Posts: 10924
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johnny yuma wrote:
MessiahCarey wrote:
(your great great grandfather could have owned slaves).

- Shane


haha.

he didnt.


That's fine, I don't doubt you...he might have been a fairly new immigrant himself - I dunno your history.

The point was to show how FEW generations there have been between when outright phsyical slavery became social and financial slavery...as such, the possibility of slavery still existing, while unlikely, is not as ludicrous and certainly served as the example August was trying to make.

Back to the topic now? Should the states be allowed to usurp the seperation of church and state? I agree with the dissemination of power among the federal and the state, but I think that the seperation clause was too important to the founding fathers - having come from that type of shit - for them to just let each state decide if they were going to be a fundamentalist entity or not.

Constitutional law has two aspects, the LETTER of the Constitution and the SPIRIT of the Constitution....it's a strange world we live in.

- Shane
Post Thu Aug 28, 2003 1:52 pm
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hugh grants hooker
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MessiahCarey wrote:

That's fine, I don't doubt you...he might have been a fairly new immigrant himself - I dunno your history.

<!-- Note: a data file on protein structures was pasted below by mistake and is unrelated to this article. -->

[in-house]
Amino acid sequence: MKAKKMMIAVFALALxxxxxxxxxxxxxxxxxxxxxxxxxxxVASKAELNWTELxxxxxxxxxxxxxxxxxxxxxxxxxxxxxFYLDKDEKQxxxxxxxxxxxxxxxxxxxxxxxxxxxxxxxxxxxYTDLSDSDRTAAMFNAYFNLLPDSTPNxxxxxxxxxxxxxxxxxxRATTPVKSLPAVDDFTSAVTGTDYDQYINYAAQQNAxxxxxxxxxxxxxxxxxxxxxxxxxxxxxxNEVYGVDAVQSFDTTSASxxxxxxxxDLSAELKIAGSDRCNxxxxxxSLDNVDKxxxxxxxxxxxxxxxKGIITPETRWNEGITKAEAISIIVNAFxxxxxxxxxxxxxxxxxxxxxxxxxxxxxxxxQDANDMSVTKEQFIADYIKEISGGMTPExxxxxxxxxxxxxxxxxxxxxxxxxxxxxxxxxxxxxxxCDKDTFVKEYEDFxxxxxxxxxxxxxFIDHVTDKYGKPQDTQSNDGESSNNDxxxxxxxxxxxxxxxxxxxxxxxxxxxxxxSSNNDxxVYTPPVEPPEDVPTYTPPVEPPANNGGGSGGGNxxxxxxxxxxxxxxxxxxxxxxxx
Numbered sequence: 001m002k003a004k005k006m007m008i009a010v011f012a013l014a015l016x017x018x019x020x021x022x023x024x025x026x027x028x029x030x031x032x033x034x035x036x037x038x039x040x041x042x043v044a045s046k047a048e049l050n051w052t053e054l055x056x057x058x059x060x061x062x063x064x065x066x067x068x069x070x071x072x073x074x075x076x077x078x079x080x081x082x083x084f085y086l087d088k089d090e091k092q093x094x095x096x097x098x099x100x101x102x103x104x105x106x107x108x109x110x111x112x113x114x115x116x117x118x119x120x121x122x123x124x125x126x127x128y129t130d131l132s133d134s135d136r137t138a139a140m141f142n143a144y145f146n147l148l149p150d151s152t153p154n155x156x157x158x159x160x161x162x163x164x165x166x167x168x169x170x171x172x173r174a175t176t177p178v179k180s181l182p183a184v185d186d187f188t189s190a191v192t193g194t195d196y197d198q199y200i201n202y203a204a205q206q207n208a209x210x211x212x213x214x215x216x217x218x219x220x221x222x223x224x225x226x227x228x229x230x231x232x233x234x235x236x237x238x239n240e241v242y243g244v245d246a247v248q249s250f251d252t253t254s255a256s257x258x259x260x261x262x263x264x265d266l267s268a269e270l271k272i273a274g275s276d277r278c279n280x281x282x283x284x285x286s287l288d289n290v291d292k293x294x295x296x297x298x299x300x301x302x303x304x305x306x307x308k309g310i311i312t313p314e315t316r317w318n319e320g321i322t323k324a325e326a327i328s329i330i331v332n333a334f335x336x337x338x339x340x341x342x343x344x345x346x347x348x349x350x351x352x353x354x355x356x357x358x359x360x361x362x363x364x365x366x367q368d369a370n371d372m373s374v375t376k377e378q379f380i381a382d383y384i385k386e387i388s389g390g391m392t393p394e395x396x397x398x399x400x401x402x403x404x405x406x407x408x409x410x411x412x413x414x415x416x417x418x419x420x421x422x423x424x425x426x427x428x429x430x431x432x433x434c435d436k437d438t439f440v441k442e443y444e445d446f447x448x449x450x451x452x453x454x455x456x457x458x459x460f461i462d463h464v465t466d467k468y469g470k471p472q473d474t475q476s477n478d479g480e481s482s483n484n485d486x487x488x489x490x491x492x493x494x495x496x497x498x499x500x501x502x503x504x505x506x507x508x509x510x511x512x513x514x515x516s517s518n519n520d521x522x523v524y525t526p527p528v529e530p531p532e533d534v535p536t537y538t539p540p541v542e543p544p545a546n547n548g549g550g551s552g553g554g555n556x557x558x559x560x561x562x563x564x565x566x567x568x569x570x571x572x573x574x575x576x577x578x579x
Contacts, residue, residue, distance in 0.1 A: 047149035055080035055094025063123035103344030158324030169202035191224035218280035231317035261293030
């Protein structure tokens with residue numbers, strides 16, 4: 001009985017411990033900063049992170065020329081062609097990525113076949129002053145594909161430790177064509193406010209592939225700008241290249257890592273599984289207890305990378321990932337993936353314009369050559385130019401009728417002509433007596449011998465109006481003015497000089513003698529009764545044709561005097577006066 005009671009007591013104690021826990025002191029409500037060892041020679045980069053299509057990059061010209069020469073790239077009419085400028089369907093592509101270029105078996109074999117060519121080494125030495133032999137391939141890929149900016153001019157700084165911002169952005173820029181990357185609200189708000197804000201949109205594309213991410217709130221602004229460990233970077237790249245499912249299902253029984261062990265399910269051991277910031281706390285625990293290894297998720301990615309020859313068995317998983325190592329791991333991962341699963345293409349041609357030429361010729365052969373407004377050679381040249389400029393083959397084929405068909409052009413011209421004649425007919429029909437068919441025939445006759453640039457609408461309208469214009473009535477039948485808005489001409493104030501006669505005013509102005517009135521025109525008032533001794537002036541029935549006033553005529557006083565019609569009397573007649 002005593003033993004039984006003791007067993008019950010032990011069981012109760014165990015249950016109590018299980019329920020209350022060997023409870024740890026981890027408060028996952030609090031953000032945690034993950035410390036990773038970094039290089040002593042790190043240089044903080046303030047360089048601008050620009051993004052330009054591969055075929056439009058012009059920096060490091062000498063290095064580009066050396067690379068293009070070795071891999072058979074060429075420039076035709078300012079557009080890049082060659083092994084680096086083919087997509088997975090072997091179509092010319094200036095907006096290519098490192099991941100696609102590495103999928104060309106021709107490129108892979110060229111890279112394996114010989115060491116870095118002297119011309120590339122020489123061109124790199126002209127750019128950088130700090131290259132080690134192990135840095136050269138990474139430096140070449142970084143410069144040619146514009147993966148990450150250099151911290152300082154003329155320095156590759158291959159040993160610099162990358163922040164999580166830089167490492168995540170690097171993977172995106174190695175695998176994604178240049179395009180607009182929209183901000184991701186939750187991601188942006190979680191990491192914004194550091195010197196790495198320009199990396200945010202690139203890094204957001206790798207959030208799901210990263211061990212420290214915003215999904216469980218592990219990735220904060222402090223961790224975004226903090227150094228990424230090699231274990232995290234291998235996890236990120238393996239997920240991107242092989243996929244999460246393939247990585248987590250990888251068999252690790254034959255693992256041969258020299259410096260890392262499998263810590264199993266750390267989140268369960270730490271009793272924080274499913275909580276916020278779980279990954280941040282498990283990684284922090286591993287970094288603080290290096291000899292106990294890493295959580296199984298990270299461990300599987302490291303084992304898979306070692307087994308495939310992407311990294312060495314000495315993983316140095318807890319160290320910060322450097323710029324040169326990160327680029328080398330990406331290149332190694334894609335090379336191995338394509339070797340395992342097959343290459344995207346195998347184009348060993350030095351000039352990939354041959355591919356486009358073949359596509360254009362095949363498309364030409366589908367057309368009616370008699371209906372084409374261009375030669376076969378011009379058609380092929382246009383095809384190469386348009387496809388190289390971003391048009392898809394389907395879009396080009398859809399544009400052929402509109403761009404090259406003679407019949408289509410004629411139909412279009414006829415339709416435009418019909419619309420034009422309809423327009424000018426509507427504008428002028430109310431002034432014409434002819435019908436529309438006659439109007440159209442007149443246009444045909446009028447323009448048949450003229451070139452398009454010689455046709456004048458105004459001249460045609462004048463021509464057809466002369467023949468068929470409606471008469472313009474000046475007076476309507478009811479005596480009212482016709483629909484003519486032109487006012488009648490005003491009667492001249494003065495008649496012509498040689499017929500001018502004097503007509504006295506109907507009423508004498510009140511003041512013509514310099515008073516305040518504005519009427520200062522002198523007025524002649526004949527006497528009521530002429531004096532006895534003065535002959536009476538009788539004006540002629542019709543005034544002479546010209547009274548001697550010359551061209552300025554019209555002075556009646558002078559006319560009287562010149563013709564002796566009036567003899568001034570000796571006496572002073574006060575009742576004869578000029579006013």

- Shane


well... no.

one of my great grandfathers was the first to move to the south in his family. he didnt have what (at the time) was the typical southern mindstate. he didnt own any slaves, he worked as a farmhand... so its more likely he worked with the slaves.

my other great grandfather is someone i've learned alot about. his name was silver runninghorse. he was full blooded comanche... he did not own a slave.

but i see your point. i just wanted to make my point too. most people think all of us 'southerners' have a family history involving slavery. no.
Post Thu Aug 28, 2003 1:57 pm
 
MessiahCarey



Joined: 01 Jul 2002
Posts: 10924
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johnny yuma wrote:
most people think all of us 'southerners' have a family history involving slavery. no.


Honestly didn't cross my mind, but I can understand why you'd get slightly defensive over that - I wouldn't want those allegations on my family name.

Unfortunately, I think my family DID own slaves at one point in Ireland - triangular trade style.

- Shane
Post Thu Aug 28, 2003 1:58 pm
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hugh grants hooker
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MessiahCarey wrote:

Back to the topic now? Should the states be allowed to usurp the seperation of church and state?


i think so. the federal government has no idea what type of community a specific city is.

montgomery is such a small, family oriented community... this is the biggest thing to happen to those people in an unbelievable amount of time. the city is literally freaking out. they really really wanted to keep that there.

it isnt like d.c. or new york, where these politicians sit and rule for what they think the different types of people want.